How to Make Molds Out of Plaster

    by Laura Gee

    About the Author

    Laura Gee has a B.A. in history and anthropology, but now spends more time blogging and producing web content. She has worked and/or trained as an illustrator, crafter, caterer, yoga teacher, child-care provider and massage therapist, and she loves to travel when she gets a chance.


    Learning to make molds out of plaster is an easy introduction to the art of casting, a common method for making sculptures and a variety of commercial products. This plaster mold can be used for casting or molding wax, paper, or latex. Depending on your process, the mold may be broken after casting or saved to use again.

    Things You'll Need

    • Modeling clay
    • Carving tools
    • Shoe box
    • Large old paint brushes
    • Plaster powder
    • Water
    • Bucket
    • Stick

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    Carve an original object you want to make a mold of, out of modeling clay. The model should have a limited number of small parts and sharp angles -- the closer to a solid block or sphere it is, the easier it will be to make a mold out of plaster.

    Figure out where the mold will need to be divided in order to come off the cast object. For example, the mold of a sphere should be divided in half so one piece can pull off of each side. Objects with parts pointing in various directions need to be divided into more sections.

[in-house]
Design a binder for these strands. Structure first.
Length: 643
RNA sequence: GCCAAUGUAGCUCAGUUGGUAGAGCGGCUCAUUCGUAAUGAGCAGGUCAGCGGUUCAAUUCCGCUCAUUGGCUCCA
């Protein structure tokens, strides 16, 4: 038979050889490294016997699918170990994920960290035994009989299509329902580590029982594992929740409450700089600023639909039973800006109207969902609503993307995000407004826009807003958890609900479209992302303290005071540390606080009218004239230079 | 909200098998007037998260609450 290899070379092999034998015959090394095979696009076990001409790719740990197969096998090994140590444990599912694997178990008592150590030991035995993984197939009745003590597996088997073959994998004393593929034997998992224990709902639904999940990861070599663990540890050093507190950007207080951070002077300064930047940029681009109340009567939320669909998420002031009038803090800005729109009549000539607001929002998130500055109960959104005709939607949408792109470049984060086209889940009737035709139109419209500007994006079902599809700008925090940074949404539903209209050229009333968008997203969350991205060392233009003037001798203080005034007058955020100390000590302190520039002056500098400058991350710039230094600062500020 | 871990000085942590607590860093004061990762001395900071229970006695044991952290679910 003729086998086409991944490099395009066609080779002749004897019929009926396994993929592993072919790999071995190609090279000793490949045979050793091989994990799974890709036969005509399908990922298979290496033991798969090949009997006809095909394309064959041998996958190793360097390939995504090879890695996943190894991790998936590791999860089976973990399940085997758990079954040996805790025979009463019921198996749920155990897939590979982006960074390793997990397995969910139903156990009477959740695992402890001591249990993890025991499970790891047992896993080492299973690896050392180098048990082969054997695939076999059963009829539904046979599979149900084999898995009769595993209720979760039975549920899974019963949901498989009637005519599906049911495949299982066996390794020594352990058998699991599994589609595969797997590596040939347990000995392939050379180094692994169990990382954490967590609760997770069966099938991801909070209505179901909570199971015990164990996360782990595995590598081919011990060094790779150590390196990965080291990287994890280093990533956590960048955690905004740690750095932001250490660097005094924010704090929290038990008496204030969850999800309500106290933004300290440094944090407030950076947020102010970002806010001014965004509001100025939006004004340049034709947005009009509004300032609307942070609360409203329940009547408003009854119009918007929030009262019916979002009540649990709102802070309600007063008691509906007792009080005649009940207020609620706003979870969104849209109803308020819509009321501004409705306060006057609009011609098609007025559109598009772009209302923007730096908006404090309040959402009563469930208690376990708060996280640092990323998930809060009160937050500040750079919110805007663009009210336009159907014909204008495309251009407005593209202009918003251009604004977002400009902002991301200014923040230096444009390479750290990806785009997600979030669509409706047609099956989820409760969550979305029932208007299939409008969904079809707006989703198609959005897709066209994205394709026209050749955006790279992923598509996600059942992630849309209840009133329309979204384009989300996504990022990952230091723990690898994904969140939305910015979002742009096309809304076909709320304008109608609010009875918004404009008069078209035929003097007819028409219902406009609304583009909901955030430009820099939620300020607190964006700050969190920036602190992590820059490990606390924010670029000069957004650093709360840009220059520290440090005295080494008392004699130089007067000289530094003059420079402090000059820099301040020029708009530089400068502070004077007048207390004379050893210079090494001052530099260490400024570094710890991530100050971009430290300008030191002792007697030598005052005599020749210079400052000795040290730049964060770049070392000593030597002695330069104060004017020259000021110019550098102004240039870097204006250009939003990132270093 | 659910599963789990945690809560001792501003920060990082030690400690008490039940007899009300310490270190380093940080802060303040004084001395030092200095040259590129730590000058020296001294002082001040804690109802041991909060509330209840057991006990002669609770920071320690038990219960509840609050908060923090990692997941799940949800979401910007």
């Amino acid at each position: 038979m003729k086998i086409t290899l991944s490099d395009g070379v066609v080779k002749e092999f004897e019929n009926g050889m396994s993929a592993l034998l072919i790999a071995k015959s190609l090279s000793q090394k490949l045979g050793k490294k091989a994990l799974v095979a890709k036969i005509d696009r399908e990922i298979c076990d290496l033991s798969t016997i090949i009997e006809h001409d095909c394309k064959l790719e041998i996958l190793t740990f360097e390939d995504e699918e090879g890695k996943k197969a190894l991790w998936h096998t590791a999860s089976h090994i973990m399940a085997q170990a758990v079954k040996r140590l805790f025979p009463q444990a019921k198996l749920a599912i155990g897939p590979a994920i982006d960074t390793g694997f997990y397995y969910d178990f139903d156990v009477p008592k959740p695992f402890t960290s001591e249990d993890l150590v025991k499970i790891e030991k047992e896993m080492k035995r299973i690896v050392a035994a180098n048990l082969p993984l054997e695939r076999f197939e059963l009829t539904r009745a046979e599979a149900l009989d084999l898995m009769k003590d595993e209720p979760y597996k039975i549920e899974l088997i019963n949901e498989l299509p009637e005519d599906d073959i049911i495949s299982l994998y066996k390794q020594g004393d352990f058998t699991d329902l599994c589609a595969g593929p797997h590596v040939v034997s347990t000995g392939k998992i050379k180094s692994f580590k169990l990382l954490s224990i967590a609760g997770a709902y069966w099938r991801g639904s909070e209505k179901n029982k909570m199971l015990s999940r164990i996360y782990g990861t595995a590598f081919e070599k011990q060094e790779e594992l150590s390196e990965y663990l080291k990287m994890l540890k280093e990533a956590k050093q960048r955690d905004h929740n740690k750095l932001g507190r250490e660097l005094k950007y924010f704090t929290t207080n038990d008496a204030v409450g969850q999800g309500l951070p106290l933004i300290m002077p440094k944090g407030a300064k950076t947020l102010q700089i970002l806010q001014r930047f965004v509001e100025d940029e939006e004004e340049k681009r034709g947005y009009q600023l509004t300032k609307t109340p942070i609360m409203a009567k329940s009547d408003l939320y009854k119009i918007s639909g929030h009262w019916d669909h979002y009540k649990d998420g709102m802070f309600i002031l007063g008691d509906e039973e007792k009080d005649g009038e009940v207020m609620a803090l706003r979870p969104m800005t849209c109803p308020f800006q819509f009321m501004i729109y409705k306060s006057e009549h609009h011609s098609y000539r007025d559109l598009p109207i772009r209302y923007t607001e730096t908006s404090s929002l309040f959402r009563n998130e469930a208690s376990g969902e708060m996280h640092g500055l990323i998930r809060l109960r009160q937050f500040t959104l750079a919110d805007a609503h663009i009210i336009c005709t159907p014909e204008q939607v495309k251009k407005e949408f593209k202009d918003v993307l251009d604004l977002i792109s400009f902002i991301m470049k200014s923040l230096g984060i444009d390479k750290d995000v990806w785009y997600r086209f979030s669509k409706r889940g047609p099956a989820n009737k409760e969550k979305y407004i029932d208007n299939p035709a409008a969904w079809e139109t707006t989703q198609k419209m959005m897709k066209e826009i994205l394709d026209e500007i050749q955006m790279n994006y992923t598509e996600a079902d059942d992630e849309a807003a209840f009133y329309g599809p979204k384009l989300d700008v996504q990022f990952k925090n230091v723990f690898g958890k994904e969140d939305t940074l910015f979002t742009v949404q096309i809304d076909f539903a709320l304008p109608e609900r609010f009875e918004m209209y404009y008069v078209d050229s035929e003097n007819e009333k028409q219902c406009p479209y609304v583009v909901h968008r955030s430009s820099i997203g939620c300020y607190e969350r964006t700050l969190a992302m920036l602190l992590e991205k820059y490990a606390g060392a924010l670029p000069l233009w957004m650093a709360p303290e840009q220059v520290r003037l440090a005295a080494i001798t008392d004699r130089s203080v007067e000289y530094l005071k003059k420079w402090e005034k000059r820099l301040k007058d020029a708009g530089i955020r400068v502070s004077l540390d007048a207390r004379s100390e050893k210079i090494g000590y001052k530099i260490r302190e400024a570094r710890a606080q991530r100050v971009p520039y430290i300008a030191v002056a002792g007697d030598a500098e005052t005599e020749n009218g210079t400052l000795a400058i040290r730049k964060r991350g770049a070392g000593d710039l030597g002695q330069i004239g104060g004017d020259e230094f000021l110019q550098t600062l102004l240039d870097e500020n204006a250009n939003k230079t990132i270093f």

Make a thin sheet of clay and attach it around the model wherever the mold must be separated. For example, an approximate sphere should have a sheet attached all the way around its middle, to divide the mold you will make into two halves.

    Mix the plaster with water in the bucket according to the package directions, mixing with the stick. Fill the shoe box partially with plaster (but make sure it's deeper than the part of your model that will be submerged), and let it set just slightly, enough that the model doesn't sink in the plaster. Push the model halfway into the soft plaster (up to the main clay sheet).

    Scoop and spread more plaster onto the other half of the model with an old paintbrush. Make it several inches thick if possible, but try to avoid covering the dividing sheets completely. Wait for the plaster to dry completely.

    Remove the shoe box if necessary, and separate the pieces of the mold at the clay sheets. If any of the dividing sheets are completely buried in the plaster, chip down toward them carefully from the outside of the mold, using carving tools.

    Remove any extra clay and hold or glue the sections back together to create a complete plaster mold. You will need to leave an opening to add a casting material, and after casting you will need to either separate the pieces again or break the mold.

    • A more complicated form may require a mold with many different pieces. This isn't necessarily a problem, but it's harder to do correctly, and may be worth saving until you have a bit more mold-making experience.

    Photo Credits

    • Jupiterimages/ Images